An Epic Cross Country Road Trip


During my fourth year of Medical School, I planned an epic cross-country road trip starting in Los Angeles, renting a car, and making my way taking a southern route to New Orleans. Since I realized there wasn’t a ton I wanted to see between New Orleans and making my way back to NYC, we did skip a bit of the country. And while technically we didn’t make it ALL the way across the states, I think we covered the good parts. In the winter, I definitely recommend taking this southwest route. If you’re traveling in the spring/summer you might consider a northern route. See the itinerary below with tons of suggestions for activities, hikes, National Parks, and important foodie stops!

Why rent a car?

Since we started in LA, we decided to rent a car and drop it off at our final destination. I think this is a good choice for several reasons.

  1. A road trip can take a toll on a car. If you have a new car, why add all these miles so early in its career?

  2. If you have an old car, you may be subject to frequent road side issues, breakdowns, etc.

  3. A rental with good insurance relieves some of these stresses and you can keep costs down by being smart about where you rent!

PRO TIP: Renting your car from the airport usually = higher rates, where as finding a random rental company in the city is usually cheaper! Keep this in mind when selecting pick up and drop-off locations.


Los Angeles to Joshua Tree National Park

Starting from LA we drove to Joshua Tree National Park. We stayed at the Joshua Tree Inn which had a cool, funky, motel vibe. I highly recommend considering an AirBnb in the area. We met up with my brother and his wife who had rented one very close to the park with a hot tub and it was super fun. In particular, I recommend The Hicksville Trailer Palace & Artist Retreat.


There is so much fun, quirky stuff to do in the area and we only had 2 nights to explore everything. We spent most of our time exploring the park with the highlights being Skull Rock, Keys View, Cottonwood Spring, Black Rock Canyon, Intersection Rock, Arch Rock, Hidden Valley, and the Chola Cactus Garden. We enjoyed the park so much we are going back again this year for a whole week of fun.

Since we planned on visiting multiple national parks over the course of the road trip, I recommend buying the Annual America The Beautiful Recreation Land Pass for $80 which gives your car access to all National Parks for a year. Visit fees average $20/car so it’s a deal if you’re planning on visiting at least 4 parks/yr.

Other activities to do in the area include a visit to The Integratron (definitely reserve your sound bath weeks in advance), stopping by the gift shops in town, The Crochet Museum, a visit to Pappy and Harriet’s (make a reservation for dinner and music!), and Noah Purifoy’s Outdoor Sculpture Park.

Top FOODIE spots include a stop at Natural Sisters Café, Country Kitchen, La Copine, and Crossroads Cafe. If you’re willing to travel for food, a visit to one of the top restaurants on Yelp is in your best interest. Located in nearby town of Indio, TKB Bakery & Deli, is consistently voted one of the top restaurants in the world on yelp!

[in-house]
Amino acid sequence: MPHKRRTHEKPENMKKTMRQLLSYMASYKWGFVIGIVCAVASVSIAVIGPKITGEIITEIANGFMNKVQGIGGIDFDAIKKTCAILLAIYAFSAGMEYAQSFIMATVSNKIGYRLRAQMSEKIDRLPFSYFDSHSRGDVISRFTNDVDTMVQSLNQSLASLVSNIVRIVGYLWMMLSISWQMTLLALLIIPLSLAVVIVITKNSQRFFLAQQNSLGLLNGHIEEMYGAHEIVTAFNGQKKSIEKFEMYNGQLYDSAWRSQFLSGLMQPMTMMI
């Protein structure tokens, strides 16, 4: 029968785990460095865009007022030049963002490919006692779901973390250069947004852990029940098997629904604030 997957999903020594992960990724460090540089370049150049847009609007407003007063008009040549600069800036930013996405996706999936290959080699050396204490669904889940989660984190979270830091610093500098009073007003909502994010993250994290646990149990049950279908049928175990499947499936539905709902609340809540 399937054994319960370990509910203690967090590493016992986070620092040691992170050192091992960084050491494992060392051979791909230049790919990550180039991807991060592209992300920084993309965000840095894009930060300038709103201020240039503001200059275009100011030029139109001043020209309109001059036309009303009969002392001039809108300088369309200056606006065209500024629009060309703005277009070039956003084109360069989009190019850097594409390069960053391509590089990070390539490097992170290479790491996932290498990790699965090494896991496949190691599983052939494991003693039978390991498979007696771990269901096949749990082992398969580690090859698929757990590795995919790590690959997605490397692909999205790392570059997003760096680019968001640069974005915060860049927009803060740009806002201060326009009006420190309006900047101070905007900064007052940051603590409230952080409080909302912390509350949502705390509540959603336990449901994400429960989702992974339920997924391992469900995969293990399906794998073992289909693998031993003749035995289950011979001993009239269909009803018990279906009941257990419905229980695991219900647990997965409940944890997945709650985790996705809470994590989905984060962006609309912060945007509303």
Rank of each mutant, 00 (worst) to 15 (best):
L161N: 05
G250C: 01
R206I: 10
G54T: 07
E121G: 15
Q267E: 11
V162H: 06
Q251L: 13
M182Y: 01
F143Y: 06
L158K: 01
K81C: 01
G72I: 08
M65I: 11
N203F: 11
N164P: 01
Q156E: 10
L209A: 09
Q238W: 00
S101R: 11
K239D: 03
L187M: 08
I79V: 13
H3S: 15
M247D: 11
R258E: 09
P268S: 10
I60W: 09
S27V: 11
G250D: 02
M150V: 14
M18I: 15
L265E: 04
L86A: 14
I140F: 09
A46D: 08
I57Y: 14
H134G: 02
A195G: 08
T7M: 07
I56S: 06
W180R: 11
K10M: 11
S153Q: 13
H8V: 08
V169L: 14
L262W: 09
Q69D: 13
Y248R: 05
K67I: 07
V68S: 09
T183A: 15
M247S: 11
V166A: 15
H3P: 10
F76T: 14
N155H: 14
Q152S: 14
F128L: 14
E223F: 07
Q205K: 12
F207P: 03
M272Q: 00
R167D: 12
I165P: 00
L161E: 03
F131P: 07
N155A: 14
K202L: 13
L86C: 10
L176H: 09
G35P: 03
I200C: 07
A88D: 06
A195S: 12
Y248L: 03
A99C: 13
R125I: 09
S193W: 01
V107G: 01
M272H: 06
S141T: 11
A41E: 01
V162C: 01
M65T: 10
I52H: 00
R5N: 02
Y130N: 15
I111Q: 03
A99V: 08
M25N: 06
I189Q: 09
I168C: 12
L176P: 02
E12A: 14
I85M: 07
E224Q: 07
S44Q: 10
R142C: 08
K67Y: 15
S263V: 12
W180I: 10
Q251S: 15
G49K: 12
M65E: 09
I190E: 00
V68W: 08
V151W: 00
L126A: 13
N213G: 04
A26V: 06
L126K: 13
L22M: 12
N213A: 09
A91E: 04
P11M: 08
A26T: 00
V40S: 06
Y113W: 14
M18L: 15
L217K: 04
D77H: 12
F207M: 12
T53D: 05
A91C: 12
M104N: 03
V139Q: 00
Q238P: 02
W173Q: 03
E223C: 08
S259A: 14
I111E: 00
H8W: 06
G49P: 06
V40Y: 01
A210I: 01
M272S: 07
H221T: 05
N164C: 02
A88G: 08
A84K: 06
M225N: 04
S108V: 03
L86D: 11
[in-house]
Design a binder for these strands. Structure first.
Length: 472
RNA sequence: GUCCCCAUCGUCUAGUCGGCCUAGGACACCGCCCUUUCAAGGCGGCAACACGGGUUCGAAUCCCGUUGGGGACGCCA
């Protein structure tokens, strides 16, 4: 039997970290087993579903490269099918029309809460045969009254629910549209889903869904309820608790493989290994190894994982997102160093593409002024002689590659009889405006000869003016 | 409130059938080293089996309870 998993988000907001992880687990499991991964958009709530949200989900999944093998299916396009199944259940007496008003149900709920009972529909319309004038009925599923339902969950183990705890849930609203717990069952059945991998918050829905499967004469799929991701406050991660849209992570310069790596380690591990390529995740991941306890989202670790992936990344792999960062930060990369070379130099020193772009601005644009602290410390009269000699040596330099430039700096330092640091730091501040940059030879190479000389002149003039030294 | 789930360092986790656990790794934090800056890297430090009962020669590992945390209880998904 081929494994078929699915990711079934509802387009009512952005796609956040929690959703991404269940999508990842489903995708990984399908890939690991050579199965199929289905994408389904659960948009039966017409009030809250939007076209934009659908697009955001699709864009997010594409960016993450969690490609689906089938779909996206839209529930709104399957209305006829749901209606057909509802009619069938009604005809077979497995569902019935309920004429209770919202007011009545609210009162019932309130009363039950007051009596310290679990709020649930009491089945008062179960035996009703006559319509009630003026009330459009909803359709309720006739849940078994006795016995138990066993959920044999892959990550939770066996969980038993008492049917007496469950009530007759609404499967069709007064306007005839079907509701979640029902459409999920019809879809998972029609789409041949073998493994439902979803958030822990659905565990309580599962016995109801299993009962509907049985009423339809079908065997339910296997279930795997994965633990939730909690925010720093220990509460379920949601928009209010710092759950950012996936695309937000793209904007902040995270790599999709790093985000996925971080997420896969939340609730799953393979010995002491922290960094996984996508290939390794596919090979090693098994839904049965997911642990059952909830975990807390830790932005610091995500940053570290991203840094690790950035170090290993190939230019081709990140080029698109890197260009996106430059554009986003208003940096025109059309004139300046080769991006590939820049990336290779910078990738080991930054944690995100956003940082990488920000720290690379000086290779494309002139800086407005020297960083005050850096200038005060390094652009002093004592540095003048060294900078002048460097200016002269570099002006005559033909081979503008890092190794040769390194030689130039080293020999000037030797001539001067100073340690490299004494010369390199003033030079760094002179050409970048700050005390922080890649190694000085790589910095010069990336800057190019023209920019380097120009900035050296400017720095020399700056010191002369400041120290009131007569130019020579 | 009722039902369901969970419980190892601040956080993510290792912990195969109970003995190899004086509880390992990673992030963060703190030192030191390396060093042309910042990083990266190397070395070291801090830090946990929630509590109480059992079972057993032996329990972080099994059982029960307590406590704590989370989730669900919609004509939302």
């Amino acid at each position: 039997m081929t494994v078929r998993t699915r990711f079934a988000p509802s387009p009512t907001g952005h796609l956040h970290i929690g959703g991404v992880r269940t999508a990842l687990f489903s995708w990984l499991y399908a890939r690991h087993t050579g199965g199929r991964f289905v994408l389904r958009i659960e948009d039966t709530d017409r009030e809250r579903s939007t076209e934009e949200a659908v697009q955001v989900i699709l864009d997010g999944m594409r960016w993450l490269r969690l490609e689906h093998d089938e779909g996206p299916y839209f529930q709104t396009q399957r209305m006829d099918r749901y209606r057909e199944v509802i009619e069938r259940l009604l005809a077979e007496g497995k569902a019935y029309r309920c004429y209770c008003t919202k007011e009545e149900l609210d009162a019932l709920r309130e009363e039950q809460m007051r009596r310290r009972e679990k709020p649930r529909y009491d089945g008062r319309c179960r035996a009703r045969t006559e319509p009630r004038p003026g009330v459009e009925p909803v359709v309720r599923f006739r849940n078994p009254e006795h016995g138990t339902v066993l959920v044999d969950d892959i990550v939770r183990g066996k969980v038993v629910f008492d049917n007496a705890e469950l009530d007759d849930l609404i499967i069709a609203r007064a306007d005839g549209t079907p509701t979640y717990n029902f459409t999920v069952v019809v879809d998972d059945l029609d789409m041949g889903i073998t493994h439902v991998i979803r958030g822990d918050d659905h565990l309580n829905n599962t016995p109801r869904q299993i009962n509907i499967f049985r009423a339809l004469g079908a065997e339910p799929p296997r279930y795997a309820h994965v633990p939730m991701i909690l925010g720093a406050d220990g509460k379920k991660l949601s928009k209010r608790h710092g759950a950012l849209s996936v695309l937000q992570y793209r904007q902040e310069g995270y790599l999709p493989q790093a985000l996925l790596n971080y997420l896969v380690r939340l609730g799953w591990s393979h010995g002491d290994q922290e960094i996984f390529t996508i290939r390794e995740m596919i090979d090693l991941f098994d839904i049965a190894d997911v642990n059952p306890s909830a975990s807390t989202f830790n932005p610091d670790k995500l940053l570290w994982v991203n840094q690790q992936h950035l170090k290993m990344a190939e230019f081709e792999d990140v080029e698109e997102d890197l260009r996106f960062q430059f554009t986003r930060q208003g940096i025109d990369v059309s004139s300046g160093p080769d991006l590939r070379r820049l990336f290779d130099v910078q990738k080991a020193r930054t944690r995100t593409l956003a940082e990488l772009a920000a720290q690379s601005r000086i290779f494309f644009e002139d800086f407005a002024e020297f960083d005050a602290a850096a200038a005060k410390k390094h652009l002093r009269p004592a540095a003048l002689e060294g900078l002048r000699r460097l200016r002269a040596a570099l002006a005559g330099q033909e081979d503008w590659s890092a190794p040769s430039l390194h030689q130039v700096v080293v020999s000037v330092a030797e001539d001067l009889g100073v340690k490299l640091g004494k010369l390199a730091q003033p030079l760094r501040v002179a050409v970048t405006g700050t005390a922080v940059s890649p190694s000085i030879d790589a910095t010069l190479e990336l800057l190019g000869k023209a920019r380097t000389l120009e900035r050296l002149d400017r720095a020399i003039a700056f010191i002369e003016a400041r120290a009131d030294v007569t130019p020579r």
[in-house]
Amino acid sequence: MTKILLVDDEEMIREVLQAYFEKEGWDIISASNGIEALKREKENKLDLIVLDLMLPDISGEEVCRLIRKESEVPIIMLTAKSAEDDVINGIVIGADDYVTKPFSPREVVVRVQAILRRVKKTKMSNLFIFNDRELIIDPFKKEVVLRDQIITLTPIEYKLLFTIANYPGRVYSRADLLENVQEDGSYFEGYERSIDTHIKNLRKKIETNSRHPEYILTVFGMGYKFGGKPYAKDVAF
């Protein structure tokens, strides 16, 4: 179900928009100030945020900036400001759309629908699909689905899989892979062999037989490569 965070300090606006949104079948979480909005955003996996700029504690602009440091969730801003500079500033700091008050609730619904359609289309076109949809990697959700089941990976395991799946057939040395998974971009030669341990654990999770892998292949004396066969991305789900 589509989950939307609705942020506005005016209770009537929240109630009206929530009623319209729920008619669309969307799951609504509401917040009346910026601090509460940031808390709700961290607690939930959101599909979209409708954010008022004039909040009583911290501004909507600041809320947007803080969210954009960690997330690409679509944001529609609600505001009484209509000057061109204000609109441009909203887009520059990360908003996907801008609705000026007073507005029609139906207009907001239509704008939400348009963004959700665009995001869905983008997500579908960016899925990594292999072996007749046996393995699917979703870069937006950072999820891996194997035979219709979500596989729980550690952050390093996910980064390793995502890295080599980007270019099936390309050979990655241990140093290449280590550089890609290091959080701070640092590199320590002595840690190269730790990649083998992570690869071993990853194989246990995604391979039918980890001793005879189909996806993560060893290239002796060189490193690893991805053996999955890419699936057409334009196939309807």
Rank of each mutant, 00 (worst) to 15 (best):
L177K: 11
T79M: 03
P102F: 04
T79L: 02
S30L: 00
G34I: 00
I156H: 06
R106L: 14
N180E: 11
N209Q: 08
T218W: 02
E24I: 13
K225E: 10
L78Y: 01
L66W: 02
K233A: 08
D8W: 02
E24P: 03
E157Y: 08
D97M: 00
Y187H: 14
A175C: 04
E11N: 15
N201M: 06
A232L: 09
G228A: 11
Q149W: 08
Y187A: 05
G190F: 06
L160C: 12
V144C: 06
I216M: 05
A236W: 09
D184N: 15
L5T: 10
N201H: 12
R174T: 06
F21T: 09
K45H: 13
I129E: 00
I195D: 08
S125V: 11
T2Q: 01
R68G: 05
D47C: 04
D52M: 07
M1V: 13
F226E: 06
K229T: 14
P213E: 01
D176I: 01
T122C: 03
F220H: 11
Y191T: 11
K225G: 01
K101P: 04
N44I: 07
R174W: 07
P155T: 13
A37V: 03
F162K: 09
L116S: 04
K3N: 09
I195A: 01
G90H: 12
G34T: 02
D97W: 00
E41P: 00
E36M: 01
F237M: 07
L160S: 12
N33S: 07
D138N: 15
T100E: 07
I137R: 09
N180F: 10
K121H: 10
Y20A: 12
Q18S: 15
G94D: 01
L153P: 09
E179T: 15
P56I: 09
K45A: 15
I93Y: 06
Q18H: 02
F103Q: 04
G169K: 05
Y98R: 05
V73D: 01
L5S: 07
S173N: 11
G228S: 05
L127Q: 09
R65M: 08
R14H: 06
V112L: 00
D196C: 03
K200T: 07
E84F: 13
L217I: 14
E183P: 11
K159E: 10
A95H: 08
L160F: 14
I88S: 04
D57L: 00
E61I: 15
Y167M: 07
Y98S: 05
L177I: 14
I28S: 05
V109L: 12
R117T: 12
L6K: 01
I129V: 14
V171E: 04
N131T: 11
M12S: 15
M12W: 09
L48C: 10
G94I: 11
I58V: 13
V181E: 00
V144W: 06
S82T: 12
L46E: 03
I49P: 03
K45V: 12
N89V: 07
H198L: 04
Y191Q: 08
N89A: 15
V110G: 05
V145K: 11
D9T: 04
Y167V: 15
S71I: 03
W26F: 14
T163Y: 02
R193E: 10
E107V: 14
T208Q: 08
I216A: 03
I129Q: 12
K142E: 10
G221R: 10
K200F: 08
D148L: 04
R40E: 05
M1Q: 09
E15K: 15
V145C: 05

Joshua Tree to The Grand Canyon


Full on life and adventure, we drove the 5.5 hrs to the The Grand Canyon for 3 nights of exploring this unbelievable wonder! I had been as a kid and returning as an adult was a whole different experience. I think it’s super important to stay in the park and as close to the rim as you can. We booked a small, quaint room at the Bright Angel Lodge which was perfect for us as you could wake up and walk right out to the rim trail. This park is very well run and manages tons of visitors every year. Going in the winter meant we weren’t dealing with overwhelming crowds and temperatures were manageable with the right gear. The main downside was that access to the North Rim is restricted during this time of year and therefore you see less of the park overall.

Some of the top sites on the South Rim included Hopi Point, Mohave Point, Powell Point, Yavapai Point, and Desert View. Easy to navigate shuttles can take you between different destinations as well as some trekking by foot! Some of the further out destinations are Havasu Canyon & Havasu Falls; Shoshone Point, Cape Final, Toroweap. For the truly adventurous, book a mule ride way in advance from the South Rim down to the Canyon Valley for a stay at the legendary Phantom Ranch.

I have to say that overall I was somewhat disappointed by the food in the park. Even the more expensive restaurants on site were fairly mediocre as far as NYC standards go and I’m not quite sure I really understand the meaning of Arizona flavors. That said, the places to go are El Tovar (also home to the fanciest accommodations on site), The Arizona Room, and the Café @ Mather Point.

Grand Canyon to Saguaro National Park

We were sad to say goodbye to this unforgettable place, but off we went on a 3.5 hr drive to Phoenix for a lunch stop at Pizzeria Bianco, touted as one of the top pizza joints in the country, order the most popular pizzas and any specials and you won’t regret it!